We often get the chance to interview our future manager, but usually it’s while being evaluated for a new job. What do you do when you find yourself getting to interview your current manager’s replacement?

Know your priorities

When we are considering a candidate as an individual contributor on our team, we’re most successful if we first identify what attributes are most important to consider when making this hiring decision. Knowing these attributes helps us figure out what questions to ask, and what a successful interview experience looks like. The same holds true when we are interviewing a candidate to be our future manager.

Here are a few different characteristics that different people might prioritize:

  • Checks in regularly and engages in what I’m doing
  • Leaves me space to tackle our agreed-upon work and deadlines and doesn’t bug me about it until it’s done
  • Shields me from ad hoc changes to my work tasks introduced by others in company
  • Trusts me to ask for help when needed and lets me prioritize my tasks against what others ask me for

You may have noticed that some of these priorities are mutually exclusive.

What you need out of your manager may be different than what your colleagues, your friends, or your peers need – and that’s ok!

The important thing is that you identify what you need out of your future manager for you to be successful. Once you know what that is, you’ll be able to figure out what questions to ask and what signs to look for. For me, I thrive relative to the amount of responsibility I’m given, so that’s the single biggest factor I look for in my manager. I succeed under managers who give me opportunities to step up to a challenge.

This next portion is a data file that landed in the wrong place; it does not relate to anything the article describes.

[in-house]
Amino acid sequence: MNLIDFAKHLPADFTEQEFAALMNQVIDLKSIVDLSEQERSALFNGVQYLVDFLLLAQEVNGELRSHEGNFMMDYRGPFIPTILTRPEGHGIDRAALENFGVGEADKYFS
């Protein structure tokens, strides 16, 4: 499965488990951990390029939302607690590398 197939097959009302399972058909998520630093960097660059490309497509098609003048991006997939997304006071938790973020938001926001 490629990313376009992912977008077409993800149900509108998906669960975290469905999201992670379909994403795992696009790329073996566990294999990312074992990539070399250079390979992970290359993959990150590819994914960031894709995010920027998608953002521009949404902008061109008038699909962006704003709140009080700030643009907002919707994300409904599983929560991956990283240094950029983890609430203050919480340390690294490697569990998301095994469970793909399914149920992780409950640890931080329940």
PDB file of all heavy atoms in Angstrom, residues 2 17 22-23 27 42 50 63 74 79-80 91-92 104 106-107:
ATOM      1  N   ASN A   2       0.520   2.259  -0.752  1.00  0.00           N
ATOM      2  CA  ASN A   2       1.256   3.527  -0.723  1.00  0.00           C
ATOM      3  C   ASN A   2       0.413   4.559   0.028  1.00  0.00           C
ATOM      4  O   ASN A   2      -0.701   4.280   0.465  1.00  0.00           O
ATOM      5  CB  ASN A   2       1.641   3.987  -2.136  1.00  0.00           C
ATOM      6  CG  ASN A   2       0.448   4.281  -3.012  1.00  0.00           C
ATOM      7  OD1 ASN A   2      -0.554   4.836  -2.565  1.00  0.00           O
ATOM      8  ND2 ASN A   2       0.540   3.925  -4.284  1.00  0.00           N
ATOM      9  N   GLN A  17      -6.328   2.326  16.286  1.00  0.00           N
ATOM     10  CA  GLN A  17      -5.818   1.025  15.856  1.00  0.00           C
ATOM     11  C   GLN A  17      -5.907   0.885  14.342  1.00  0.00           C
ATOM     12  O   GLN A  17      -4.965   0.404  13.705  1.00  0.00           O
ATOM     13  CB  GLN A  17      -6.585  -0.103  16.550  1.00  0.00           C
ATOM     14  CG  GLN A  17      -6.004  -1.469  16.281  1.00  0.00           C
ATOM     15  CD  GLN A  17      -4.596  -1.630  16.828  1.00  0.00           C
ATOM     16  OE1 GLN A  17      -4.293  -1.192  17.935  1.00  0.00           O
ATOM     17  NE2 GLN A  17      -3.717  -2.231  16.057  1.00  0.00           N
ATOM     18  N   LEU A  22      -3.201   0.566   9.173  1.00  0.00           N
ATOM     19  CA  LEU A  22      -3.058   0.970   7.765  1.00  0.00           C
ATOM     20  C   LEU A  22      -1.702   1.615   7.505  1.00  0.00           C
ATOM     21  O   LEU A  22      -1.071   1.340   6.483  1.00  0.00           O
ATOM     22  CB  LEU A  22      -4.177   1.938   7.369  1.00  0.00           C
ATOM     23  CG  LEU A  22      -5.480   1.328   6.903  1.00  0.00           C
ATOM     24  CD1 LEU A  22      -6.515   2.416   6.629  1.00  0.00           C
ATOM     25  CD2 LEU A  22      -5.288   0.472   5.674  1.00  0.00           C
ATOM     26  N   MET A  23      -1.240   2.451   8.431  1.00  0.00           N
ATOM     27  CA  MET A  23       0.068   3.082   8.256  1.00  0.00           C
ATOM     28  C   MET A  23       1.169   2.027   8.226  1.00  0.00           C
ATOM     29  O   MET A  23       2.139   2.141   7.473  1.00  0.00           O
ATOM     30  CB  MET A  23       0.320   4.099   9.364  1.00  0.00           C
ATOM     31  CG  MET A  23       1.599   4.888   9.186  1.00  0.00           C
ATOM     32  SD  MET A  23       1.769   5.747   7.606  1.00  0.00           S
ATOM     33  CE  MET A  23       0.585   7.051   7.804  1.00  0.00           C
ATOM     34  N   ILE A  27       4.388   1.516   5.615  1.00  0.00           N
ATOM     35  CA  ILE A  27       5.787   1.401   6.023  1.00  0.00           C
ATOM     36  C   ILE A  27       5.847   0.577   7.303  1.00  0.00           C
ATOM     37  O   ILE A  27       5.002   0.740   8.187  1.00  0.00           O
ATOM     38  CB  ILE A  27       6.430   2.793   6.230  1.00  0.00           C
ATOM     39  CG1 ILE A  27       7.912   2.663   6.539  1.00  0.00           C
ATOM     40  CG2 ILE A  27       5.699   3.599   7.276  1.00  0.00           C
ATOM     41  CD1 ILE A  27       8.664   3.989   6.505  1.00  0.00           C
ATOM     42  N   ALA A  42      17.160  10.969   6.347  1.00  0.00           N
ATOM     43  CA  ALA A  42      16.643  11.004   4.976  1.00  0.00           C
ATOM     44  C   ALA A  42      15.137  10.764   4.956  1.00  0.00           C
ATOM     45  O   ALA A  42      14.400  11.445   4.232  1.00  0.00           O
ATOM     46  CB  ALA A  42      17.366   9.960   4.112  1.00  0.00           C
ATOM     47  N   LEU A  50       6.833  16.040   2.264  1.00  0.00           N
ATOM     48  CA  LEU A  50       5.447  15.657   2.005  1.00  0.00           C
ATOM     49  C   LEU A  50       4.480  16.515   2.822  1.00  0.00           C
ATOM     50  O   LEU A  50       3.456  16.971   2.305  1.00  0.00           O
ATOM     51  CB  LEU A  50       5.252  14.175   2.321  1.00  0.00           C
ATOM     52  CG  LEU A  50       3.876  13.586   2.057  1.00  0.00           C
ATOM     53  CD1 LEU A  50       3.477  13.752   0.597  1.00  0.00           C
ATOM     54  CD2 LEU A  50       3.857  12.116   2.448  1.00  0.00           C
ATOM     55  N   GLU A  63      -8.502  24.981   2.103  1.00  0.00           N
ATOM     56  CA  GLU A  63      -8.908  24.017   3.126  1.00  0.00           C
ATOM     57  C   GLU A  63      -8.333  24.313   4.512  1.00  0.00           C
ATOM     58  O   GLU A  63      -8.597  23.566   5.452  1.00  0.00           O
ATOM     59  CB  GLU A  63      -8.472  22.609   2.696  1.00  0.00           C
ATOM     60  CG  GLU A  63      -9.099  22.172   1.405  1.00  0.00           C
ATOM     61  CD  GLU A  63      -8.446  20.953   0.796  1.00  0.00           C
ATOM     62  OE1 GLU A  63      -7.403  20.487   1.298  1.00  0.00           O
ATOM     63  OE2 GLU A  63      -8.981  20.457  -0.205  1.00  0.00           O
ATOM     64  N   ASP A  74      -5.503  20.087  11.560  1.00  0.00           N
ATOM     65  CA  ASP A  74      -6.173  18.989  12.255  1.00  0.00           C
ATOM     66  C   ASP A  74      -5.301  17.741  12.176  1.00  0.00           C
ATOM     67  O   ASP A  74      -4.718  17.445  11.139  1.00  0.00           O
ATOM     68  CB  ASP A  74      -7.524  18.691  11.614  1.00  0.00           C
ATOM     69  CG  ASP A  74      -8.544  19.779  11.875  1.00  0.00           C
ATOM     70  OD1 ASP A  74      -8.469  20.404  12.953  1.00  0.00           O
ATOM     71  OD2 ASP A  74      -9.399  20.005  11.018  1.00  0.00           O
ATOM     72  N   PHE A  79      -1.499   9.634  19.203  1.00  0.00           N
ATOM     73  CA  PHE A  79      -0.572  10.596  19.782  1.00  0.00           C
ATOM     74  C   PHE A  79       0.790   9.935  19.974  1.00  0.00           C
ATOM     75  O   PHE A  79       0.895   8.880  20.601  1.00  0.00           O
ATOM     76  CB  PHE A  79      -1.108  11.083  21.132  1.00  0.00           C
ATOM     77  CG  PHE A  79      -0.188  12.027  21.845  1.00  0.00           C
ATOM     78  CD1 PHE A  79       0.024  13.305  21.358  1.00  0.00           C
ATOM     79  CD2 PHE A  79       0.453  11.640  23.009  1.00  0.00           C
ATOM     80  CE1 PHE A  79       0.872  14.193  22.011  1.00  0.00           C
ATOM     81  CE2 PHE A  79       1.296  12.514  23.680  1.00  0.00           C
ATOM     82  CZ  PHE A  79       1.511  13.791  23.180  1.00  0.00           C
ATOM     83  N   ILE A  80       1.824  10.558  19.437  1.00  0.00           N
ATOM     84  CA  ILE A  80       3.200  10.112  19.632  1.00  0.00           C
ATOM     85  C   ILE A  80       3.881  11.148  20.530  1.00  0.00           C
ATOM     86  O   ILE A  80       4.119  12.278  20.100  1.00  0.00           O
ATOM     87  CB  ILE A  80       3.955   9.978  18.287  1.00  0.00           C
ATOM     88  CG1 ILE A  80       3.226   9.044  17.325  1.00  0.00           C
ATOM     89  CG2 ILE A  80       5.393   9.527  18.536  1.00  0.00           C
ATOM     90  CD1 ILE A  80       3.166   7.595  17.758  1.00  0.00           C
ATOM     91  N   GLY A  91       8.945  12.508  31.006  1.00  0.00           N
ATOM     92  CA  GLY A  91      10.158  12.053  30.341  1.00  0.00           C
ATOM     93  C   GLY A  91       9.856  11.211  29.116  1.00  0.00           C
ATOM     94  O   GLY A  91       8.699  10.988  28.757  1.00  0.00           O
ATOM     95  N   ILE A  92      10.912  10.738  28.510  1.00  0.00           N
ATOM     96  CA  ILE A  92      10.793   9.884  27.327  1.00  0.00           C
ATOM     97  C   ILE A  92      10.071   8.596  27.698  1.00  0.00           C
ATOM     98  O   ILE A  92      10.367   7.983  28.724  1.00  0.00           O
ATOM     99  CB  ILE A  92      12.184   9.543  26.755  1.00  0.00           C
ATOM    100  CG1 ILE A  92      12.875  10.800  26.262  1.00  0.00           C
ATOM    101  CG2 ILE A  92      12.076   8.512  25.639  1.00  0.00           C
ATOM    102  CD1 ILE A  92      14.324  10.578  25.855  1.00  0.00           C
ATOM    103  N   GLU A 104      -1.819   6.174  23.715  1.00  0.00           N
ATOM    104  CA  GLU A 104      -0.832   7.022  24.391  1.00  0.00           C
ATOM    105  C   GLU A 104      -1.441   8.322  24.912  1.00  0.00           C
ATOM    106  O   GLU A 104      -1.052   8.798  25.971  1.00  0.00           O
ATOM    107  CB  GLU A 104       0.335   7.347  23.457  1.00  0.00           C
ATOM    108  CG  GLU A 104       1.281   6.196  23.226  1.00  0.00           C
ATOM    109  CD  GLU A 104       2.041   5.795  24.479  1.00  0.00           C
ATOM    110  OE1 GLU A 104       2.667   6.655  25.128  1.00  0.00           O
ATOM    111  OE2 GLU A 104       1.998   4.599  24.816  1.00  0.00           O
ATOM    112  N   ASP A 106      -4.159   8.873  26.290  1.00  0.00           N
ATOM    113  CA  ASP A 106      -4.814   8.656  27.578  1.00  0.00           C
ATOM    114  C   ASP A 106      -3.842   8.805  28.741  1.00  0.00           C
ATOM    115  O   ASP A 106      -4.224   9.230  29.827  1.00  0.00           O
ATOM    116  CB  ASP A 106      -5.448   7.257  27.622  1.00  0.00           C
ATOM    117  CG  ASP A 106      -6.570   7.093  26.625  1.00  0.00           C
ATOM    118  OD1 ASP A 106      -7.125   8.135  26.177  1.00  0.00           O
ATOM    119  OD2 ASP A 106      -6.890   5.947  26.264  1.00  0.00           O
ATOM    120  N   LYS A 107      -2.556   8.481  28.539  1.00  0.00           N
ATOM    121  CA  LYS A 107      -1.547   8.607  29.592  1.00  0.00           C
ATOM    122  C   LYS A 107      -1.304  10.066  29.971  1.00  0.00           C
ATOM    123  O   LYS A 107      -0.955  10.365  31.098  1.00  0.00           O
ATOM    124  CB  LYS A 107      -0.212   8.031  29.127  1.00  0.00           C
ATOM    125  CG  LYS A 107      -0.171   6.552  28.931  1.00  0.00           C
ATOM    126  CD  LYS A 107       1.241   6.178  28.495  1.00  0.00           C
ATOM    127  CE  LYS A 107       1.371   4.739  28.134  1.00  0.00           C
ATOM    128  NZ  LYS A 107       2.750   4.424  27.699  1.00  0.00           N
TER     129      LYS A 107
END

Here’s my manager-interviewing strategy for finding managers I’ll thrive under. Your list might be different, and that is a wonderful thing. Find what works for you.

A few of my interview questions for manager candidates

A few things I might learn from the answer:

  • Are they a micromanager? will they swoop in on things I don’t want them to swoop in on?
  • Will they be mostly absent from my work life? will this be a benevolent neglect?
  • How much do they like to communicate? what drives them to want to communicate?

Follow-up questions I might ask:

  • Is your current team and size your ideal team and size?
  • What’s the gender and race makeup of your team?
  • How much of this team did you build?
  • Is anyone on the team someone you’ve worked with in the past?

Notes about this question:

Your candidate might not have experience managing a team that looks like yours. Maybe your team has a dozen people, and they’ve only techlead-managed teams of three or four. Try to think ahead of time to questions you might pivot to that will capture how they have worked in the past with structures similar to your own. Remember that specific examples are more likely to tell you how a candidate will behave once hired. Idealized philosophy only tells you what the candidate imagines might happen, not what they’ll do when confronted with reality.

A few things I might learn from the answer: